* * *

How often do fliers—especially women traveling alone—have experiences like Dana’s on airplanes? And how do flight crews and airlines respond? These questions are surprisingly difficult to answer, but I spent two months trying, sending out requests for information that bounced between three different federal agencies and countless airport representatives.

First, the numbers. An FBI spokeswoman told me that the agency had 40 open cases involving sexual assaults on aircraft in 2015 and 37 cases so far this year. But the FBI doesn’t currently track sexual assaults on planes in its Uniform Crime Report, its official, nationwide effort to collect crime data from all levels of law enforcement. Thus it’s impossible to say how many reports made to airport security officers and local police departments aren’t reaching the FBI’s stats. After it was revealed that at least four sexual assaults had occurred on aircraft headed for Washington-metro-area Reagan National and Dulles airports in 2014, Congresswoman Eleanor Holmes Norton tried unsuccessfully to pass a bill that would have compelled the Federal Aviation Administration to keep statistics on the problem. At this point, as NBC has reported, “no federal agency is maintaining data” on this particular crime.

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There’s also the reality that most sexual assault victims don’t report, so even if the government tried to keep figures, it would be nearly impossible to get an accurate count. None of the U.S. airlines contacted for this story—United, American, JetBlue, Southwest, Delta, Frontier, Spirit, and Alaska—would share data about sexual assaults on their planes. United also declined to comment on Dana’s case. Lufthansa confirmed that Dana had reported an incident to United but could not comment further on her case.

The stories that have made it to the press, however, suggest that planes are more treacherous places for female travelers than most people realize. A casual search yields many examples: In 2014, a Catholic priest was accused of touching a woman’s “breast, inner thigh, and groin” on an overnight flight from Philadelphia to Los Angeles; he later told authorities that he enjoyed “cozy flights” with women. A Hawaiian man who attempted to rape a woman in an airplane lavatory en route to Japan was stopped only when other passengers ripped the bathroom door off its hinges. In 2015, a New Jersey woman flying from Dubai to JFK popped a Xanax to help her sleep and woke to find that “her vaginal area was sore” and “that her underwear had been shifted and that lotion was in her vaginal area and on her underwear,” according to a criminal complaint. The Staten Island man seated next to her had stolen a bottle of Nivea lotion from her bag and rubbed it on her body and between her legs.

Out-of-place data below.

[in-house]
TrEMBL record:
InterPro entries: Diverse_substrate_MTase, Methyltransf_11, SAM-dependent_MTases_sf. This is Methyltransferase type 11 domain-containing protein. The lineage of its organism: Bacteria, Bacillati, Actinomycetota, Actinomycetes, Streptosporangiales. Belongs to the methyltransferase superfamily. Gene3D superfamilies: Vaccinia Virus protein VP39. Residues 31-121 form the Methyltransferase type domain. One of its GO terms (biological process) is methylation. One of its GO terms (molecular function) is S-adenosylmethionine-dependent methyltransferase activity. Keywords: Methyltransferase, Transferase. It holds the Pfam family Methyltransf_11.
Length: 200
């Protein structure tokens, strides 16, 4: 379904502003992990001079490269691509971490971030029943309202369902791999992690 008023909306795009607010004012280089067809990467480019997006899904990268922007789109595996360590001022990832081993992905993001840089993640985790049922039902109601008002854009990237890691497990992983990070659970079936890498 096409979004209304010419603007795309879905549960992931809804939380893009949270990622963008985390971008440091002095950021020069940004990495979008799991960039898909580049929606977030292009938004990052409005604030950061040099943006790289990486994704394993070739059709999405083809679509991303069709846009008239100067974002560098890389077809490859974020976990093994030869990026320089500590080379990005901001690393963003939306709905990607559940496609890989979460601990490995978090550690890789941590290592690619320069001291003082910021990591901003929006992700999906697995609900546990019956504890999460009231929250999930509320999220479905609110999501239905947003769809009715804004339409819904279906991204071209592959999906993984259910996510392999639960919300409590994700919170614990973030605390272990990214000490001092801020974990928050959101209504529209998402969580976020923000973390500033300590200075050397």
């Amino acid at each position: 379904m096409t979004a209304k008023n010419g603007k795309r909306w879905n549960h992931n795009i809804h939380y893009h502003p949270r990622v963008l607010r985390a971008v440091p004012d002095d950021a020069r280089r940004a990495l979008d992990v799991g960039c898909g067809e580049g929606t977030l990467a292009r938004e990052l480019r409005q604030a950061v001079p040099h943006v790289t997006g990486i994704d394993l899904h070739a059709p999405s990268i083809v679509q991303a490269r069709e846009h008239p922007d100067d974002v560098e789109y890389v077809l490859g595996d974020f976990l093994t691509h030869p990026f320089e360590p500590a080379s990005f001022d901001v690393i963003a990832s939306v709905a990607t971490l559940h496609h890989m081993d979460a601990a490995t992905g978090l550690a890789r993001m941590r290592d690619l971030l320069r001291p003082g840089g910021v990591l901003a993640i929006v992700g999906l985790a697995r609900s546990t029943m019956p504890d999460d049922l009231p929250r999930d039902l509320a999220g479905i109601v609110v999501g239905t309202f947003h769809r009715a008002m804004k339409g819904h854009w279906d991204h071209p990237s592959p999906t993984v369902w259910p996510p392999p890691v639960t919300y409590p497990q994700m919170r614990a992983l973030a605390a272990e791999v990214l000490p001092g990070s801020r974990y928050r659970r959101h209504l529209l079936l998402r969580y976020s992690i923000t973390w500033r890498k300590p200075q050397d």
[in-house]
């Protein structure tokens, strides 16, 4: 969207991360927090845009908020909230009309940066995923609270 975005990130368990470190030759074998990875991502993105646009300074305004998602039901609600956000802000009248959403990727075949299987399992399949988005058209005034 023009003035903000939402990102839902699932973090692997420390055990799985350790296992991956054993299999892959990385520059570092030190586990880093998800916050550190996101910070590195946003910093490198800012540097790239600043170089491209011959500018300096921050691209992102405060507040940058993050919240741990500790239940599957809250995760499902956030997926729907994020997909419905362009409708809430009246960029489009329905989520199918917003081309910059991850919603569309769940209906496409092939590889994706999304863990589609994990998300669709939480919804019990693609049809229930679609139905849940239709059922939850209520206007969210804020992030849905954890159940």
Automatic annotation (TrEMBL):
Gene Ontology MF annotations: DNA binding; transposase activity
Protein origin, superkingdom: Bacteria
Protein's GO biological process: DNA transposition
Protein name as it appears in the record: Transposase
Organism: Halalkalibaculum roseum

This June, the Washington Post reported the story of a 13-year-old girl who said she was sexually assaulted while flying alone from Dallas to Portland, Oregon. Her lawyer, Brent Goodfellow, told me that after the case made headlines, calls and emails from other women who’d been assaulted on planes poured into his office. When I asked how many he’d received, he thought for a minute. “Fifty,” he estimated.

These incidents tend to follow a pattern, says Dana LaRue Park, a blogger who told me she’s heard from at least 10 victims since 2011, when she wrote about being sexually assaulted on a flight from Los Angeles to Chicago. Like her, the people who’ve contacted her were all “women traveling alone, on overnight flights.” Usually they’d taken some sort of sleep aid; often they’d covered themselves with blankets that concealed the assailant’s roving hands, or the assailant had covered them for that purpose, as LaRue Park says her assailant did with his jacket. Middle or window seats can make a victim “feel trapped”; LaRue Park, for example, says she didn’t report to the flight crew while the plane was in the air because she would have had to push past the man to reach the aisle.

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Of course, the things that make female fliers targets—taking a red-eye; sleeping on said red-eye like everyone else—are basic elements of travel that shouldn’t be off-limits to half the population. Airlines, however, have few policies in place that suggest they feel responsible for managing the risks particular to women. “I don’t believe this is being addressed, and I don’t believe it’s being addressed across the aviation industry,” Sara Nelson, president of the Association of Flight Attendants, told me. “We have general protocols for assault on the airplane,” she says, but “the training and protocols are lacking” when it comes to sexual assault in particular.

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Lisa Larson-Walker/Slate

If the crew on Dana’s flight didn’t seem able to deal sensitively with a victim or distinguish the line between boorishness and sexual assault, it was probably at least in part because they hadn’t been trained to do so. United wouldn’t comment on its training and safety protocols. A Lufthansa representative told me only that “dealing with aggressive behavior of any kind is part of our Human Factors Training,” required for all crew members, and that “the Lufthansa Group does not tolerate any sort of aggressive behavior.” Heather Poole, a flight attendant who has worked in the industry for 20 years—and written about her own experiences being groped by passengers—told me she has never received, or heard of, training that specifically mentioned sexual assault.

For the authorities to have met Dana’s plane and arrested her alleged assailant, the flight crew would have had to go to the pilots—the only people with the authority to radio the ground—who would in turn have had to decide that the incident merited a report. In extreme situations, if passengers or crew are in immediate danger, pilots can divert their flight, radioing down to the nearest airport for permission to land. But communication between cabin crew and captain isn’t always crystal clear, according to Poole. “The captain makes the call,” Poole says, and “there’s a big divider between us and them.”